BY MIKE LEONARD
Amy Freel smiles and acknowledges the challenges that come with her job as director of sports performance nutrition for Indiana University Athletics.
It’s not uncommon for her to glance at an athlete’s plate at Training Table (IU’s all-you-can-eat buffet available to athletes during the academic year) and comment on what’s on it — and what’s not. “Oh, I get ‘Thanks, Mom’ and some ribbing,” she says. “I take it as a compliment.”
“Some people give her a hard time,” acknowledges Jacob Bailey, a 6-foot-5-inch, 300-pound offensive lineman for the IU football team. “And, hey, when I got here, I was a meat-and-potatoes guy for sure. But we all know she’s here to help us perform the best we can. As you get older, there’s more buy in, and once you really start paying attention to what you eat and when, you become a believer.”
IU Athletics brought Freel, a sports dietitian and former Ball State University gymnast, to campus in 2011 to develop a comprehensive nutrition program that would improve the training, recovery time, and performance of the 700 athletes under its “24 Sports, One Team” credo.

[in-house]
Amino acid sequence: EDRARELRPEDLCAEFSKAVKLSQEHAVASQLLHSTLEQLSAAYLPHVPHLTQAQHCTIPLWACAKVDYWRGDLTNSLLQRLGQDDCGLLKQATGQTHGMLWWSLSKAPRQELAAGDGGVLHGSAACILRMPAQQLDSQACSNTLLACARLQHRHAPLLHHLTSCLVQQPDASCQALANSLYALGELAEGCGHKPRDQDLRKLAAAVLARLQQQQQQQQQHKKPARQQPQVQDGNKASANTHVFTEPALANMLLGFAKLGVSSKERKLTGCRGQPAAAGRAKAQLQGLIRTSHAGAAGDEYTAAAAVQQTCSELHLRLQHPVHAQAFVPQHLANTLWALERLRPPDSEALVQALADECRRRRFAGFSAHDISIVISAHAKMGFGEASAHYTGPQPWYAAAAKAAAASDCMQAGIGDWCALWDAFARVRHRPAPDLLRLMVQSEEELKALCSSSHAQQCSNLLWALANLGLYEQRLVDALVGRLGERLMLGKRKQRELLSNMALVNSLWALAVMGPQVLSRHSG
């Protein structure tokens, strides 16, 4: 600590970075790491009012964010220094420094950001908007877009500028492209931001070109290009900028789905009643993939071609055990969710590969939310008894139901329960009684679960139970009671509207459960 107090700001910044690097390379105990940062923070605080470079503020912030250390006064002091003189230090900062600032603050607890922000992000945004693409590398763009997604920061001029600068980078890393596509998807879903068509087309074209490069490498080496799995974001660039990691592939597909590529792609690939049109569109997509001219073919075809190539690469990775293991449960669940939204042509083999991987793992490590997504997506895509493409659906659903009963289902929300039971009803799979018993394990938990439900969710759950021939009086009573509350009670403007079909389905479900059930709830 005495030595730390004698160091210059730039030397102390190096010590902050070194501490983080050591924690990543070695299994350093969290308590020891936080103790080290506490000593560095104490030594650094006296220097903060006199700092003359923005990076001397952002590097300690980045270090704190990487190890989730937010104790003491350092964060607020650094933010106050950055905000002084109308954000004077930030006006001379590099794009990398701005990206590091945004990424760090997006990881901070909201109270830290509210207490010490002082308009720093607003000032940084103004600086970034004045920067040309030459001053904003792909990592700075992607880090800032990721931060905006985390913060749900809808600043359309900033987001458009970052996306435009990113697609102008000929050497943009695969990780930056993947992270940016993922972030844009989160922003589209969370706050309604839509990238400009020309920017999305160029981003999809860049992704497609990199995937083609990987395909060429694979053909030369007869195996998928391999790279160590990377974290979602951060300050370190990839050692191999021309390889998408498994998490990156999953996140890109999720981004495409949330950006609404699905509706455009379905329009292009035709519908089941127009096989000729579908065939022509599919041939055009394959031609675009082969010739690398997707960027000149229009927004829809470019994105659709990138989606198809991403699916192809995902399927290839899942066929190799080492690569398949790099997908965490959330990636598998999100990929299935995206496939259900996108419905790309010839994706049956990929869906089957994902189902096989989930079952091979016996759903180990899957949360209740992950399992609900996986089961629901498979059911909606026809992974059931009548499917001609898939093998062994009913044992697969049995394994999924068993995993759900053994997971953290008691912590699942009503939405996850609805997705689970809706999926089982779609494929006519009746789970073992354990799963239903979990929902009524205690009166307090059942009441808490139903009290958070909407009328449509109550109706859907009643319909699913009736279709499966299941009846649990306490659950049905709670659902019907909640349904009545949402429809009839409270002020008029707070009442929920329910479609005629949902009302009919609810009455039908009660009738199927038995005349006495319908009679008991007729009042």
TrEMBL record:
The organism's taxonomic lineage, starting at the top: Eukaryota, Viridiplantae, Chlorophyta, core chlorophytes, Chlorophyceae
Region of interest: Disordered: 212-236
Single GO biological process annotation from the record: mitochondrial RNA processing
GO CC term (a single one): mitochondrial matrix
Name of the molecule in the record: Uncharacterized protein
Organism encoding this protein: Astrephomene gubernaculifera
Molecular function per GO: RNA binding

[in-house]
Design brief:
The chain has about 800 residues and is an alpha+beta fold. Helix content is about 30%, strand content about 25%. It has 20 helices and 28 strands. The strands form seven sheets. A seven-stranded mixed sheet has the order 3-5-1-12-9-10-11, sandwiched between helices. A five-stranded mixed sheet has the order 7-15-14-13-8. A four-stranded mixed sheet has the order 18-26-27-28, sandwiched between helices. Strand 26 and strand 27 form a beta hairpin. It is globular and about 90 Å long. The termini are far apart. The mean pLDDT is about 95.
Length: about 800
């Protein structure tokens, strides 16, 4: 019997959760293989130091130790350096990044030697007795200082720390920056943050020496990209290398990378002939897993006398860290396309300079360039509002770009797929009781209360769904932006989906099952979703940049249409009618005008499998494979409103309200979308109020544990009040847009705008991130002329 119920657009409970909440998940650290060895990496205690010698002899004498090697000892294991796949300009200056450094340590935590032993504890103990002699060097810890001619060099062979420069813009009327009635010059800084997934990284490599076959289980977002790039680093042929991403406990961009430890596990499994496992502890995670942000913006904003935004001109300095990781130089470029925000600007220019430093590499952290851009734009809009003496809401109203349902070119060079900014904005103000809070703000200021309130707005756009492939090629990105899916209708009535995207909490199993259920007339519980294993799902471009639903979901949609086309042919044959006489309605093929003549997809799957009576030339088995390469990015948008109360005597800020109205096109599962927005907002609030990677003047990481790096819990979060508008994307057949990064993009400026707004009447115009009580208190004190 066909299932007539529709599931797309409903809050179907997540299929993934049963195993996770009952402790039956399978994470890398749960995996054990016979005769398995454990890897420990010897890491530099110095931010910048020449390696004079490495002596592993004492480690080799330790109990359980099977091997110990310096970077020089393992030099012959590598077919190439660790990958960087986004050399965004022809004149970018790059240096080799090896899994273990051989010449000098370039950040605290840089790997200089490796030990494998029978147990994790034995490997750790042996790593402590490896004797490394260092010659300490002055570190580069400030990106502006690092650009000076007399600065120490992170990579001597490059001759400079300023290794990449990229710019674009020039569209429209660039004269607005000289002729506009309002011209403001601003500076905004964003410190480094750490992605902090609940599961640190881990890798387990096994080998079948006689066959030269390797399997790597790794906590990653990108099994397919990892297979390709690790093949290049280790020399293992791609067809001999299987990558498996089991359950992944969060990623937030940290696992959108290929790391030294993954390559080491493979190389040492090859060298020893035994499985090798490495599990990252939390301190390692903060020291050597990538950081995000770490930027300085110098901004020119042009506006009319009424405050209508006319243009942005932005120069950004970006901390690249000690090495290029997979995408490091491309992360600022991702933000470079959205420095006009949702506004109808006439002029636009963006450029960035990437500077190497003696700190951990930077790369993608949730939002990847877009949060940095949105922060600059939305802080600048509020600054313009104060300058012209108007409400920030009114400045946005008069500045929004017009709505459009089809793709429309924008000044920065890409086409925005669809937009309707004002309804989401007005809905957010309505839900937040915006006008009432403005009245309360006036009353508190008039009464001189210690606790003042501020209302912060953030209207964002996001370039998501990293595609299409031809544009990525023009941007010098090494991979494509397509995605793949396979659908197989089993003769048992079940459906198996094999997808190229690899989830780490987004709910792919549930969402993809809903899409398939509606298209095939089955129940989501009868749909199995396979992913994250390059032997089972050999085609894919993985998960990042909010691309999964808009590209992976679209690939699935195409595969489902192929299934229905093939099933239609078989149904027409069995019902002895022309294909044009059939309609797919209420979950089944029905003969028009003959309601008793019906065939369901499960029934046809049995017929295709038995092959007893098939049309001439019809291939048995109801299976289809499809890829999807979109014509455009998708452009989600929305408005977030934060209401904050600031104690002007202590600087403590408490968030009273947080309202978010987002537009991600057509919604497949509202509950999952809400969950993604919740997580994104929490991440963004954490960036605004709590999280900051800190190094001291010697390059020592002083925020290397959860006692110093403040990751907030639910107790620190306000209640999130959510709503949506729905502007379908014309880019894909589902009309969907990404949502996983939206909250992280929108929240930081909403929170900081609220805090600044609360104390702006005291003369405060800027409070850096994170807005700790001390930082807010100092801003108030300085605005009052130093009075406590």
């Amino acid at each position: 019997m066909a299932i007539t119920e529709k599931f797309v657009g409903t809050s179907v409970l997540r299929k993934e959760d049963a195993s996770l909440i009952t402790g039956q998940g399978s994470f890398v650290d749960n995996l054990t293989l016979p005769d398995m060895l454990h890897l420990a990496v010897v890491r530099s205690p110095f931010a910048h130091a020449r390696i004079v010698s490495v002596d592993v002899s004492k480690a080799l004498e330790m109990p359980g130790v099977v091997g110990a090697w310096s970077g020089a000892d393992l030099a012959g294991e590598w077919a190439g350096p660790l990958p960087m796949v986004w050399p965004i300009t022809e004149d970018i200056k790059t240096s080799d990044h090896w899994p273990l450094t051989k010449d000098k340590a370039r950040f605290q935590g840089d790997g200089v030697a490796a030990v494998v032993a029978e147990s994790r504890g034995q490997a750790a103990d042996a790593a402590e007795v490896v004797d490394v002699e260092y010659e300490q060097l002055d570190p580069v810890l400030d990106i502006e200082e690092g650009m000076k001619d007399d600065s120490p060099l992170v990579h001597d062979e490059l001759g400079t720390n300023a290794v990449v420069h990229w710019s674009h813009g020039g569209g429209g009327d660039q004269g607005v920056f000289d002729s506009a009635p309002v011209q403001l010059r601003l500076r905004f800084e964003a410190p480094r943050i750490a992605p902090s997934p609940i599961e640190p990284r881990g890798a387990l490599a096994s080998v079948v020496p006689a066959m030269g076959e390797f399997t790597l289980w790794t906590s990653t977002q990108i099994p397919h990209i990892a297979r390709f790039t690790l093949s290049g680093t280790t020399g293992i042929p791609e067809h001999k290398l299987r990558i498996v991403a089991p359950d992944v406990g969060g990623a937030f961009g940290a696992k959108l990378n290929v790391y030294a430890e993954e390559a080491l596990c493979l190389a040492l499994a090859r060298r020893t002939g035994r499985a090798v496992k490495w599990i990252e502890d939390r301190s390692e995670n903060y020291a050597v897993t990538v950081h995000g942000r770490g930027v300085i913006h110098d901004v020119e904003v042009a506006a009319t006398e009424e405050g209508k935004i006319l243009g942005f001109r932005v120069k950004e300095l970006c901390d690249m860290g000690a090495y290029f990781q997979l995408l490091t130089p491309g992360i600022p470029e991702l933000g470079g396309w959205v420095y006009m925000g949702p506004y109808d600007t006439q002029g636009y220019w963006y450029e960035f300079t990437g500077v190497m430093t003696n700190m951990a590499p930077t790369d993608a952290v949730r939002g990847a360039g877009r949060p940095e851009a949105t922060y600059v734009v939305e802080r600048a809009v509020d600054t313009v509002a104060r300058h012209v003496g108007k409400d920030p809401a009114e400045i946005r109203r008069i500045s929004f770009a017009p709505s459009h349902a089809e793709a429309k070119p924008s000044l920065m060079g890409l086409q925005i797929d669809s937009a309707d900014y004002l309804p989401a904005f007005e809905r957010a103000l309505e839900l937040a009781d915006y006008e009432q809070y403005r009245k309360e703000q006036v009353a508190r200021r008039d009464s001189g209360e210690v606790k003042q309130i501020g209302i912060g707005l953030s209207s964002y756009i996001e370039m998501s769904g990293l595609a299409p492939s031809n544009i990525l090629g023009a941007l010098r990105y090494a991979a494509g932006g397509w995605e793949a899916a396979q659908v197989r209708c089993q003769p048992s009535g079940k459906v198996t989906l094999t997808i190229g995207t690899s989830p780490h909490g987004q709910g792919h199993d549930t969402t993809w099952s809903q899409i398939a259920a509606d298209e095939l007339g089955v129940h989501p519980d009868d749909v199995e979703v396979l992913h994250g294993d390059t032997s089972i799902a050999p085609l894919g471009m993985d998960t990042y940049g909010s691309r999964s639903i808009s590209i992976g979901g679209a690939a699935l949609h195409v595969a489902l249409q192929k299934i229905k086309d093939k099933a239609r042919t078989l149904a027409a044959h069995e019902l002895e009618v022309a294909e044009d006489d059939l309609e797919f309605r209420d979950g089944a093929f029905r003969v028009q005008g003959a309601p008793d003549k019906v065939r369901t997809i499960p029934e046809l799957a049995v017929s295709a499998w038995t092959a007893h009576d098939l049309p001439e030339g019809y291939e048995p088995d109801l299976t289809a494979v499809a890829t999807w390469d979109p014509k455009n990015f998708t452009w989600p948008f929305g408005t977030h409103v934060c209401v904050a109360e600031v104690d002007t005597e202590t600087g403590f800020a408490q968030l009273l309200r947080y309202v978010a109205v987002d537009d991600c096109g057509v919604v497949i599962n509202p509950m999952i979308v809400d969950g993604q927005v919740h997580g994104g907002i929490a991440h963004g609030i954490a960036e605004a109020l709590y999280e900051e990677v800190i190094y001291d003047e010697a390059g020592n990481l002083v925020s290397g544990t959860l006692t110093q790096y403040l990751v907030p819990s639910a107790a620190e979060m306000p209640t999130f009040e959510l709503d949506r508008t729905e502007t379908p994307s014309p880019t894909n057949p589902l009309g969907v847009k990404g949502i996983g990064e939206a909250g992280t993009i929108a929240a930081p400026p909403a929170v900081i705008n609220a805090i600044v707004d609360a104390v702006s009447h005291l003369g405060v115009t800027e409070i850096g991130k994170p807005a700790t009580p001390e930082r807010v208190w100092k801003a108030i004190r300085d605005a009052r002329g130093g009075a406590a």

Freel and her nutrition staff do everything from individual and group nutrition counseling to determining what will appear on the Training Table buffets. Her staff packs to-go lunches and snacks for teams when they travel and even scans the menus of restaurants where athletes will eat on the road, making recommendations for the best food choices.
“We spend a lot of time talking about how to build your plate,” she says. “We also do a lot of other things outside of Training Table, like teaching them how to shop and giving them basic cooking demonstrations.”
It’s time-consuming, servicing the needs of hundreds of athletes who compete in sports as different as football and swimming. “The most rewarding thing for me is that aha moment when a student-athlete comes to you and tells you how much better he or she feels or how they know they performed better because they ate the right food and at the right time,” Freel says.